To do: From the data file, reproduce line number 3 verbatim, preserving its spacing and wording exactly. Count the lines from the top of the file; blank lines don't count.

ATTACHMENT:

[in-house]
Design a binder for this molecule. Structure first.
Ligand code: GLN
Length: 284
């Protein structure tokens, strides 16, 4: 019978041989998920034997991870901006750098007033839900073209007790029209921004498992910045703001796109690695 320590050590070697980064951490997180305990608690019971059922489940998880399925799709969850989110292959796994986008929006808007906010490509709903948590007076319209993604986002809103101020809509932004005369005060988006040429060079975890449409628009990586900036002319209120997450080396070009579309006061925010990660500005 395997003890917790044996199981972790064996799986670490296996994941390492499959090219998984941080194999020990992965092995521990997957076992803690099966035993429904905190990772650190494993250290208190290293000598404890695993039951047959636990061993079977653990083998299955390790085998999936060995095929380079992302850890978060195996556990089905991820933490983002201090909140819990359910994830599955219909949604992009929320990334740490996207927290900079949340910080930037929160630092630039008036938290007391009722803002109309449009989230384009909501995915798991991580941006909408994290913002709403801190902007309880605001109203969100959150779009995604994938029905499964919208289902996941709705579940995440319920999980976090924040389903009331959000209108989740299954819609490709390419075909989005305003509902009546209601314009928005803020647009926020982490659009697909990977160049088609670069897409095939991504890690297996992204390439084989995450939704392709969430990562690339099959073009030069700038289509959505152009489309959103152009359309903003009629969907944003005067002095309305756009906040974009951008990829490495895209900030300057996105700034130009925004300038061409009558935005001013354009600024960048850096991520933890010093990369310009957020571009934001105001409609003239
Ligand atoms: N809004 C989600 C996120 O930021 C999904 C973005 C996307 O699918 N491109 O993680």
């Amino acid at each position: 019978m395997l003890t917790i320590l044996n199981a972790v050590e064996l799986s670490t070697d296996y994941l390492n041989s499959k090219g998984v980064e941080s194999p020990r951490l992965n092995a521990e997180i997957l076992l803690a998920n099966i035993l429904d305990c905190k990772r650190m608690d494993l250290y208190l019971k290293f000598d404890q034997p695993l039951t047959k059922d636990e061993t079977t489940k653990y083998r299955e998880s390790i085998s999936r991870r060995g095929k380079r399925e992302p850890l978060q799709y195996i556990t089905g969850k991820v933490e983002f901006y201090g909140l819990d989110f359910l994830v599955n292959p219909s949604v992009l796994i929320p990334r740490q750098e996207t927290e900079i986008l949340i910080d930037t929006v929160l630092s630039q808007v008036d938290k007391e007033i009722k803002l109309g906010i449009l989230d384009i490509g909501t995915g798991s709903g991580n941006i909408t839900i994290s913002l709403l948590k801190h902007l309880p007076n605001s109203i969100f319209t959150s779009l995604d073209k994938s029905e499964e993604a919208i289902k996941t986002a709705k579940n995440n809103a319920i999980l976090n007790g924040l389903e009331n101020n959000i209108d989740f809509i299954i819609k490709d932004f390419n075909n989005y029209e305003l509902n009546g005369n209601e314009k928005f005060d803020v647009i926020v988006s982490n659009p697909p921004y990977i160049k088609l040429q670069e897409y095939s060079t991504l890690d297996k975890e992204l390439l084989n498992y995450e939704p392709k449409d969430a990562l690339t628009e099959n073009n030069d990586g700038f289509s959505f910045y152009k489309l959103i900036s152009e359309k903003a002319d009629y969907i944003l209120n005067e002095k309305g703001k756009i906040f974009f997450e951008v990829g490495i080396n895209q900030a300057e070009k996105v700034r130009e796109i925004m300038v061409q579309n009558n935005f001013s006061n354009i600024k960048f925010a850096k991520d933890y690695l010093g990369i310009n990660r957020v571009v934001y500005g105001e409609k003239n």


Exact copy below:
Ligand code: GLN